“I’ve heard that men living alone usually live in a dump—you know, empty pizza cartons all over everywhere, including the bathroom, dead plants, and horrible furniture they got from their mother’s attic.”

  “I like to live well,” he said, and realized it was true. He didn’t like mess or secondhand furniture, and he loved plants and impressionist paintings. He was lucky to have Mrs. Mulgravy live next to him. She saw to everything when he was gone, particularly his precious African violets.

  “You do very well with plants.”

  “I think the secret is that I play my sax to them. Most of them prefer blues.”

  “I don’t think I like the blues,” she said, still looking at him intently.

  “Have you ever listened to Dexter Gordon? John Coltrane? Gordon’s album Blue Notes wrings your withers.”

  “I’ve heard of Gato Barbieri.”

  “He’s great too. I learned a lot from him and Phil Woods. There’s hope yet for you, Sally. You’ll get an earful tonight. You’ve got to give the wailing and the rhythm a chance.”

  “That’s your hobby, James?”

  He looked just a bit embarrassed. “Yeah, I play the saxophone at the Bonhomie Club on Friday and Saturday nights. Except when I’m not in town, like last night.”

  “Are you playing tonight?”

  “Yes, but no, not now. You’re here.”

  “I’d love to hear you. Why can’t we go?”

  He gave her a slow smile. “You’d really like to go?”

  “I’d really like to go.”

  “Okay. The chances are nobody would even begin to recognize you, but let’s get you a wig anyway, and big dark glasses.” He knew that tomorrow he, Sally, and Dillon would leap into this mess feetfirst. He couldn’t wait to meet Scott Brainerd. He couldn’t wait to meet Dr. Beadermeyer. He hadn’t told Sally yet. He wanted to give her today with no hassles from him, from anybody. He wanted to see her smile.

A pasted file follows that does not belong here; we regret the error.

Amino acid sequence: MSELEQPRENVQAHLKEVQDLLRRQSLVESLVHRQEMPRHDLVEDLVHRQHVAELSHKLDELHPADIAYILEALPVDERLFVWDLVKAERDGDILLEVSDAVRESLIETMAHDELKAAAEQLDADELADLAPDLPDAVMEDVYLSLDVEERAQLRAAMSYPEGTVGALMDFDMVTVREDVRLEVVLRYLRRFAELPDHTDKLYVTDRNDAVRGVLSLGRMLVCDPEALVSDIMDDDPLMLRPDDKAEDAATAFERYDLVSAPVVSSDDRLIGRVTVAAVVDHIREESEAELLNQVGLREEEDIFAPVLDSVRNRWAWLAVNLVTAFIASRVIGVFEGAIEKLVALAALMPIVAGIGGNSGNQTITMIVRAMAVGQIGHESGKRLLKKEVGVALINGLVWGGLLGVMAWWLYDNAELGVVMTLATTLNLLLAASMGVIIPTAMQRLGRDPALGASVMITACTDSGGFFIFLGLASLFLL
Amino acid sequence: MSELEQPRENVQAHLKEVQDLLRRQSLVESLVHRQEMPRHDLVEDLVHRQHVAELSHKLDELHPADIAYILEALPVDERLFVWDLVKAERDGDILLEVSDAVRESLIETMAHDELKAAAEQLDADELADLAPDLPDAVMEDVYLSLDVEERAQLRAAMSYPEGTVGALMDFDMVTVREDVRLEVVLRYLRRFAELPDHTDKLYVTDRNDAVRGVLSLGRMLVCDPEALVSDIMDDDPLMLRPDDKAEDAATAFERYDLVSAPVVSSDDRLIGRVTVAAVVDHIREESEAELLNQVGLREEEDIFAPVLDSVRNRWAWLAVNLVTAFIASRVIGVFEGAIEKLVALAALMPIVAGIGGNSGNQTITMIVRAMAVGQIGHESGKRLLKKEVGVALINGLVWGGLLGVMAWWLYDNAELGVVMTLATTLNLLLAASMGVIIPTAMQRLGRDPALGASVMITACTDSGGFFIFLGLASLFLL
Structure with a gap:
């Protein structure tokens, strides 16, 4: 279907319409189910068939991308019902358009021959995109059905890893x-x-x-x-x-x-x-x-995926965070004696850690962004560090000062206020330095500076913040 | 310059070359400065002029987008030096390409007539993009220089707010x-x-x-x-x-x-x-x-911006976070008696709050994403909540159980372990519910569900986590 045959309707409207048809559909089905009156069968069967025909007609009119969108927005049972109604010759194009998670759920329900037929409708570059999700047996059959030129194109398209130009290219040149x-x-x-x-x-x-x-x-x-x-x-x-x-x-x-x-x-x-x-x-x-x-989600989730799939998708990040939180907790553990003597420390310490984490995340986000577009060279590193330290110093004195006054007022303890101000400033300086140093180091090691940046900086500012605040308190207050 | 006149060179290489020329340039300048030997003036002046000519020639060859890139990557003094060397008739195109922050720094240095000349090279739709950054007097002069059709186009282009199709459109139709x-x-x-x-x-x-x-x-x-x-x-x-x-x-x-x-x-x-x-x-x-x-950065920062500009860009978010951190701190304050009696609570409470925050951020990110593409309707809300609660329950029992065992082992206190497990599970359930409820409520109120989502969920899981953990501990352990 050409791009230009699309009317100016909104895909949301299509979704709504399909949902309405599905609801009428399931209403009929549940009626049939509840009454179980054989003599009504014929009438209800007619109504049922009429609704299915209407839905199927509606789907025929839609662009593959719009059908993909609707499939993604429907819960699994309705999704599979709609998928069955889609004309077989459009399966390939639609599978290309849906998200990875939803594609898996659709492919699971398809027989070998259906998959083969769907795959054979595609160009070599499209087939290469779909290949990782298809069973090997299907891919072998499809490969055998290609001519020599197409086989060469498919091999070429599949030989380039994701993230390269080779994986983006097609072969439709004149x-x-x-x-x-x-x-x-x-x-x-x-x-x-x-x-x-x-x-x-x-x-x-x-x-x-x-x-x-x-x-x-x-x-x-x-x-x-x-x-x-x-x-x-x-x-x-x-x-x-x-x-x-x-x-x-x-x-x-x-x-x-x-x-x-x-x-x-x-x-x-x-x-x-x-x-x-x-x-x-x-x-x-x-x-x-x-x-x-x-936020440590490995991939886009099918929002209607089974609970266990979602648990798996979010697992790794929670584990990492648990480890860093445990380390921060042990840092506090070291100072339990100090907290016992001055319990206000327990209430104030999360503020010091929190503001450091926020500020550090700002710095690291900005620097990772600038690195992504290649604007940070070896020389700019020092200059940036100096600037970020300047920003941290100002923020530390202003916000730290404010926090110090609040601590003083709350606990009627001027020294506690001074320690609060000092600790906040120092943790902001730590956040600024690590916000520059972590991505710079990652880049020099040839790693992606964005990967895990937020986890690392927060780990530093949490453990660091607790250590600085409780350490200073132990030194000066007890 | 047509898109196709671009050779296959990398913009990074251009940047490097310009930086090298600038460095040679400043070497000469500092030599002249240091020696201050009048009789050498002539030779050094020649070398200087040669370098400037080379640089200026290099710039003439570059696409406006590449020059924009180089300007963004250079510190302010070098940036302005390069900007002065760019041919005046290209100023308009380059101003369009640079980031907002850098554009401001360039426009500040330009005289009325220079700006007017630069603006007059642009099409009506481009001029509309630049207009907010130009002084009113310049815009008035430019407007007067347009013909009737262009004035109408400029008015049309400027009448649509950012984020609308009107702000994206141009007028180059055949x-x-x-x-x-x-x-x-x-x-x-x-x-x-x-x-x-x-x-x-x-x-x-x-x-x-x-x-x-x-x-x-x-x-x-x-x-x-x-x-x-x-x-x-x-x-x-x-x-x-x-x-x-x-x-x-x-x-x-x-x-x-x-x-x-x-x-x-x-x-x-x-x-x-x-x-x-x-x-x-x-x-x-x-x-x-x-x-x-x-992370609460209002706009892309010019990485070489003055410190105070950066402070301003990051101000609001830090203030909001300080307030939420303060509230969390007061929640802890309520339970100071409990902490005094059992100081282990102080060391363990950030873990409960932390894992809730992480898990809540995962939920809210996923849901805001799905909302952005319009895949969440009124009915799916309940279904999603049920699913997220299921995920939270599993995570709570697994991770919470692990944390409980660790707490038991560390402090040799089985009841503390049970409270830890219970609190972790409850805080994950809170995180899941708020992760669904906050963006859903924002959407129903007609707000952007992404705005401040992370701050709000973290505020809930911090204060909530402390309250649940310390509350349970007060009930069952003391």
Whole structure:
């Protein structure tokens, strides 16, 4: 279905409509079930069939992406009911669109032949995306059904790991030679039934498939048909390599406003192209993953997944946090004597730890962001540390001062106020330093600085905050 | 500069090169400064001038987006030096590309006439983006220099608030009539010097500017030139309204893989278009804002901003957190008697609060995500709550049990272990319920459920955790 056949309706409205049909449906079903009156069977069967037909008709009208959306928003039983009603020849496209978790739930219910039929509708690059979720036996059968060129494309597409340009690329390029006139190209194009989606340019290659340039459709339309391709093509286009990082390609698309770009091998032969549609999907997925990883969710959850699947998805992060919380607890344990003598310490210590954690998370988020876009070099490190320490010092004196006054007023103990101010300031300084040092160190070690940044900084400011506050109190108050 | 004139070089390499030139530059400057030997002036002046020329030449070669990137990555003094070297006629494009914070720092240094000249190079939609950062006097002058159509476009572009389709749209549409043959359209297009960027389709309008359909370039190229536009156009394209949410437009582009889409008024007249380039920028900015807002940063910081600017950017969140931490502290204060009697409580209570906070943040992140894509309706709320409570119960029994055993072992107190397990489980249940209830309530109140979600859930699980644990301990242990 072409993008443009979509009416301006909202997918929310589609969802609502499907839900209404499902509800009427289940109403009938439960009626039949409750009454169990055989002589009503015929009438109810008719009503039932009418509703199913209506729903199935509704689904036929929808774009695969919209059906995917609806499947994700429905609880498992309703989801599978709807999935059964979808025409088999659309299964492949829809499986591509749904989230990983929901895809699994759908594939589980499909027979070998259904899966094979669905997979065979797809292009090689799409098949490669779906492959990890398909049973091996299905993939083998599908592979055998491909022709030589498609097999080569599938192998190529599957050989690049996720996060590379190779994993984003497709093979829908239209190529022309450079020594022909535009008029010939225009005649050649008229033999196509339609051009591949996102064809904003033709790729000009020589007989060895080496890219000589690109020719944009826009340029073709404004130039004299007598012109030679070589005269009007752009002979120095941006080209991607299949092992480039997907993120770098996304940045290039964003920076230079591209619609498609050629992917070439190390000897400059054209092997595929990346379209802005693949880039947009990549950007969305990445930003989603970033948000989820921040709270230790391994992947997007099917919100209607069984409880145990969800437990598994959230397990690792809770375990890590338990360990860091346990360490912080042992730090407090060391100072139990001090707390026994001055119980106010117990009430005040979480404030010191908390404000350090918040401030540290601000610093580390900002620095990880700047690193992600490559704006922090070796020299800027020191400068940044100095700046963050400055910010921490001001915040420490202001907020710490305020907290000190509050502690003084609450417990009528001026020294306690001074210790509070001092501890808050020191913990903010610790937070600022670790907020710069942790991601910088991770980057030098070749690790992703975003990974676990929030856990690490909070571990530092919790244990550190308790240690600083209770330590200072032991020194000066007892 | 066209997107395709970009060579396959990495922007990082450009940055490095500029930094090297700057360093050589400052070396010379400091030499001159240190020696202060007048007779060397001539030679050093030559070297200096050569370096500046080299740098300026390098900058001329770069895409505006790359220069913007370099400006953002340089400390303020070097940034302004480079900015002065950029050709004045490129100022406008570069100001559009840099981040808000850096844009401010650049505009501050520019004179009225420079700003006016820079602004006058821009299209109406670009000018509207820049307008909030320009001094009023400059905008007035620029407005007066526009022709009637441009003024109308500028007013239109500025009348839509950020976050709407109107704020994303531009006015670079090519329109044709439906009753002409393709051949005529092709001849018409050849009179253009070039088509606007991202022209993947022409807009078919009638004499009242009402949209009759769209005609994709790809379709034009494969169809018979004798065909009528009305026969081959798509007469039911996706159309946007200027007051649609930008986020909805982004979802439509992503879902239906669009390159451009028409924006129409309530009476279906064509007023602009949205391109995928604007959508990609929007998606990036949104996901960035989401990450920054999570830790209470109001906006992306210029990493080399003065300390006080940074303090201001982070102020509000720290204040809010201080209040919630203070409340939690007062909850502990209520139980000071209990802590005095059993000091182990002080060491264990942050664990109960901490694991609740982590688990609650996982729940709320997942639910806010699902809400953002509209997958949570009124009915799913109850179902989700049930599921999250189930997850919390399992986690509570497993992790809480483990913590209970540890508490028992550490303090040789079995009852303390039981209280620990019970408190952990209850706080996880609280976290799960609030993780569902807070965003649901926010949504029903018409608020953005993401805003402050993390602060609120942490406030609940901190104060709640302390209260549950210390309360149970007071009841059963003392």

“James, do you think I could call a couple of my friends?”

  “Who are they?”

  “Women who work on the Hill. I haven’t spoken to them since more than six months ago. Well, I did call one of them just before I left Washington to go to The Cove. Her name is Jill Hughes. I asked her for a loan. She agreed, very quickly, and wanted to meet me. There was something about how she acted—I didn’t go. I’d like to call Monica Freeman. She was my very best friend. She was out of town before. I want to see how she acts, what she has to say to me. Perhaps I’m paranoid, but I just want to know who’s there for me.”

  She didn’t sound the least bit sorry for herself. Still, he felt a knife twist in his gut.

  “Yeah,” he said easily, “let’s give Monica a call and see if someone’s gotten to her as well.”

  She called Monica Freeman, a powerhouse administrator in HUD. She was embarrassed because she had to call Information for the number. She’d known it as well as her own before Scott.

  The phone rang twice, three times, then, “Hello.”

  “Monica? It’s Sally.”

  James was bent over, writing something.

  There was a long pause. “Sally? Sally Brainerd?”

  “Yes. How are you, Monica?”

  “Sally, where are you? What’s going on?”

  James slid a sheet of paper under her hand. Sally read it, nodded slowly, then said, “I’m in trouble, Monica. Can you help me? Can you loan me some money?”

  There was another long pause. “Sally, listen. Tell me where you are.”

  “No, Monica, I can’t do that.”

  “Let me call Scott. He can come and get you. Where are you, Sally?”

  “You never called him Scott before, Monica. You didn’t like him, remember? You used to call him a jerk when you knew I was listening. You wanted to protect me from him. You used to tell me he was into power and that he was trying to separate me from all my friends. Don’t you remember how you’d call after Scott and I were married and ask me first thing if Scott was gone so we could really talk? You didn’t like him, Monica. Once you told me I should kick him in the balls.”

  There was utter silence, then, “I was wrong about him. He’s been very concerned about you, Sally. He came to me hoping you would call and that I would help him.

  “Scott’s a good man, Sally. Let me call him for you. He and I can meet you someplace, we—”

  Sally very gently punched the off button on the portable phone.

  To her surprise James was grinning. “Hey, just maybe we’ve got your husband’s lover. Am I jumping too fast here? Yeah, probably, but what do you think? Maybe he’s a real stud, maybe he’s got both Jill and Monica? Could he do it, do you think?”